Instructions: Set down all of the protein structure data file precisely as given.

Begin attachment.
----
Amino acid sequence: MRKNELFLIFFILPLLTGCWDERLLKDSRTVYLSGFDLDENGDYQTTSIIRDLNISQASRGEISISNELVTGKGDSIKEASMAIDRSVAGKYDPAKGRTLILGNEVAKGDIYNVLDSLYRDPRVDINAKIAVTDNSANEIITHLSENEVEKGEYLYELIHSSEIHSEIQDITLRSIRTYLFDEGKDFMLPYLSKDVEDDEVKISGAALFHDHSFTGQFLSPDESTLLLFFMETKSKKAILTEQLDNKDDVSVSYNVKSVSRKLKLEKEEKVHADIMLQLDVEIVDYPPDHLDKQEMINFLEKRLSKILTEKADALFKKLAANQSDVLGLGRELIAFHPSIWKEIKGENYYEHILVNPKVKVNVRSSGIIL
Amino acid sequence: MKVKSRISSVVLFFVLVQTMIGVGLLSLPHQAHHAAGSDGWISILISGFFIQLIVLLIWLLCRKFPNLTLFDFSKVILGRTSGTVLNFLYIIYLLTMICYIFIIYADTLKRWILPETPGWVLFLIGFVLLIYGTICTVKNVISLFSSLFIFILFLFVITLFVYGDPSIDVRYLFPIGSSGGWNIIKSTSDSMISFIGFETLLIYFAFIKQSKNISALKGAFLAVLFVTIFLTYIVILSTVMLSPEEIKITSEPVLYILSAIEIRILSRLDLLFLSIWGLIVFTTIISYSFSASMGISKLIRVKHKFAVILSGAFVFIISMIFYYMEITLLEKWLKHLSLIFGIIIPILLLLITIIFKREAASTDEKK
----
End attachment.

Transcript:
Amino acid sequence: MRKNELFLIFFILPLLTGCWDERLLKDSRTVYLSGFDLDENGDYQTTSIIRDLNISQASRGEISISNELVTGKGDSIKEASMAIDRSVAGKYDPAKGRTLILGNEVAKGDIYNVLDSLYRDPRVDINAKIAVTDNSANEIITHLSENEVEKGEYLYELIHSSEIHSEIQDITLRSIRTYLFDEGKDFMLPYLSKDVEDDEVKISGAALFHDHSFTGQFLSPDESTLLLFFMETKSKKAILTEQLDNKDDVSVSYNVKSVSRKLKLEKEEKVHADIMLQLDVEIVDYPPDHLDKQEMINFLEKRLSKILTEKADALFKKLAANQSDVLGLGRELIAFHPSIWKEIKGENYYEHILVNPKVKVNVRSSGIIL
Amino acid sequence: MKVKSRISSVVLFFVLVQTMIGVGLLSLPHQAHHAAGSDGWISILISGFFIQLIVLLIWLLCRKFPNLTLFDFSKVILGRTSGTVLNFLYIIYLLTMICYIFIIYADTLKRWILPETPGWVLFLIGFVLLIYGTICTVKNVISLFSSLFIFILFLFVITLFVYGDPSIDVRYLFPIGSSGGWNIIKSTSDSMISFIGFETLLIYFAFIKQSKNISALKGAFLAVLFVTIFLTYIVILSTVMLSPEEIKITSEPVLYILSAIEIRILSRLDLLFLSIWGLIVFTTIISYSFSASMGISKLIRVKHKFAVILSGAFVFIISMIFYYMEITLLEKWLKHLSLIFGIIIPILLLLITIIFKREAASTDEKK